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How can WWE recreate and reinvent itself so as to create the next biggest boom?
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10-30-2012, 07:38 PM
Bossing Around Jobbers
Join Date: Aug 2011
Re: How can WWE recreate and reinvent itself so as to create the next biggest boom?
Originally Posted by
It's an extreme unlikely possibility that a boom period could happen in the next two decades, but if it does, it can't be because they made their show safer and it can't be because they made their show trashier. The Golden Era in the 80s (as well as WWE's product over the past four or so years) already covered safe; and the Attitude Era already covered trashy, so going into those two extremes are unlikely to work bacause there's fans who already associate those elements with wrestling's past. The one thing true about every boom period throughout wrestling history is that it involved general industry reform. The industry completely changed the way it was presented. The first boom period involved the Gold Dust trio making wrestling a work when previously it was legitimate competition; the second boom in the 1950s happened because wrestling was introduced to television instead of radio; the third boom of the 1980s happened because Vince created the first national wrestling company, coined the term 'sports-entertainment', became relatively honest with the audience about the fact that they were watching a show, added cartoonish elements to the gimmicks, and created a larger than life television and PPV product when previously it was simply a kayfabe-driven 'sport' powered by territories; the 1990s boom happened because of the industry's shift to adult content/situations when previously it was seen as a show for kids.
That kind of reform hasn't happened since. Risks like that rarely work, so top promoters (I.E. Vince and to a smaller extent, Dixie) have either avoided that kind of general change or they don't know what direction to go in. I don't claim to know more than those people, but I have an idea: Make wrestling smarter.
If history is any indication, the wrestling industry experiences boom periods when it takes the common cultural perception of it, and then go the opposite direction. The world thinks wrestling is stupid...well, make it intelligent.
It doesn't have to be the most intellectual show in the world (that would severely limit it's audience)...just move in that direction. Make it as smart as an episode of Homeland, for instance. Take socially provocative concepts and make characters (or stables) represent those concepts. For example, we live in a world where same-sex marriage is a divisive subject in the U.S...well...sounds like the time for a gay character. And not the kind of gay character from the 90s who'll grind on his opponent to play 'mind games'; make him being homosexual one single (and completely secondary) part of his character, and then give him a general, more important character, like him being a badass muscle for hire. At the forefront you have the wrestling character (hired muscle) and at the back end you have numerous human characteristics which, because of the natural irrational nature of the human mind, will result in the audience reacting a certain way whether they want to or not. There's people reading this post right now who are uncomfortable with my idea because the concept socially or creatively offends them. Good. That's the kind of provocativeness I want and those are the kind of natural reactions I want. I'm not trying to write shows about gay people, that's just an example.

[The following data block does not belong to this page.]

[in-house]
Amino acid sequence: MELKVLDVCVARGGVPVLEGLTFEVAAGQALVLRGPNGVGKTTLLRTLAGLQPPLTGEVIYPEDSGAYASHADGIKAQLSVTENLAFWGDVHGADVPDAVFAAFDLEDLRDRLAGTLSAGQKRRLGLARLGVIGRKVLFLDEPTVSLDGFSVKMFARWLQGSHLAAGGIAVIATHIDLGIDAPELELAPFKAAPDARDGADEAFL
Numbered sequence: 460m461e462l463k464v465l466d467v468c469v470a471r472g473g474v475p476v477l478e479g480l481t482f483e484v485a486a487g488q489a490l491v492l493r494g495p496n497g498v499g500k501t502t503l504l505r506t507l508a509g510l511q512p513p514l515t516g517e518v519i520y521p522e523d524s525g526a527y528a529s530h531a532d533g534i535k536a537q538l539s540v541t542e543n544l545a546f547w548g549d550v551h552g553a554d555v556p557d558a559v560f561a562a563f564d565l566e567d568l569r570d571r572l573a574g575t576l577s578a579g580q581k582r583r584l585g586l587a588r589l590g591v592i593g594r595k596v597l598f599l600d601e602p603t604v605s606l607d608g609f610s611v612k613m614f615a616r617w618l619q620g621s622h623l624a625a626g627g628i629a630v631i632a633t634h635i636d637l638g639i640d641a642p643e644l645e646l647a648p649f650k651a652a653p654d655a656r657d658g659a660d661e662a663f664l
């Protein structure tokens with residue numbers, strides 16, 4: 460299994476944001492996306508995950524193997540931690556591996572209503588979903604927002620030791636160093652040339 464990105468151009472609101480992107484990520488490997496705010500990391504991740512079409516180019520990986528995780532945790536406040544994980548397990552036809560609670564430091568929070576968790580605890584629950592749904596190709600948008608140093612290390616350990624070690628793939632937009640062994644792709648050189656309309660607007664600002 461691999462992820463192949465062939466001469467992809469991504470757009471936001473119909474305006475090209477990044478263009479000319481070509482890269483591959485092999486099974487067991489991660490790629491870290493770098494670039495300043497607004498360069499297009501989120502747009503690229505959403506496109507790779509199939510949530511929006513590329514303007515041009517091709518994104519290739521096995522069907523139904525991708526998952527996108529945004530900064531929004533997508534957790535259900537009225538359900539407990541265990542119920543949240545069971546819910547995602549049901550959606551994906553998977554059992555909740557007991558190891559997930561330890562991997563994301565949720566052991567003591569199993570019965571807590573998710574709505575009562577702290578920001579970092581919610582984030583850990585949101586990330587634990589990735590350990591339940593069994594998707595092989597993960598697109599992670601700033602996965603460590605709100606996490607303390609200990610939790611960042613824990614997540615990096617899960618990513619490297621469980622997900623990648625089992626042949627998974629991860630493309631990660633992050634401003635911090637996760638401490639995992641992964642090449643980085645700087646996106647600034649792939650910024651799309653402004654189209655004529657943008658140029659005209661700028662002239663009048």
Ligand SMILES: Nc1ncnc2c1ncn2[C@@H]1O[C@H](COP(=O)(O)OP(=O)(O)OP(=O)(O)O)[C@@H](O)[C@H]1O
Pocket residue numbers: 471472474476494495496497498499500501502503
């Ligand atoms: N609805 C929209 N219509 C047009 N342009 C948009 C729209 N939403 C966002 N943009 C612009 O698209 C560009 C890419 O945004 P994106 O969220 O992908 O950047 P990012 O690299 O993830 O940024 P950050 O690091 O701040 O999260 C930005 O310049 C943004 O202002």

And even if the 'social provocativeness' isn't an option for some cowardly reason, wrestling could at least start with some story continuity. If you're gonna have an angle where the board of directors fire AJ for fraternizing with talent, maybe they shouldn't hire Vickie Guerrero. And maybe (because of AJ's documented history with Bryan, Kane or Punk), the board of directors shouldn't have hired AJ in the first place. These are massive plotholes and should never make television. Even a small step like that could help wrestling become smarter, boost the industry's credibility and help it compete with other television. Write storylines and stick to them. Get the fans used to these characters and their traits. Don't change them every 12 months and then wonder why the fans don't care when these characters are put in so called 'challenging situations'. They can evolve, but they can't change. If that doesn't boost the industry on a major level, I'm not sure what would work. They would need sheer luck.
That's just an idea. An idea I'm sure people are gonna feel uncomfortable reading. But it's my (very unimportant) two cents.
The gay character is something that could blow up in WWE's face especially if the guy is a heel and not actually gay. That's Muhammad Hassan right there. It looks smart, brilliant idea on paper, and then you cross the line and sh** hits the fans.
So many ways that could go wrong. Just the fans chanting an inappropiate chant towards the wrestler could be enough to get the WWE in serious trouble with GLAAD.
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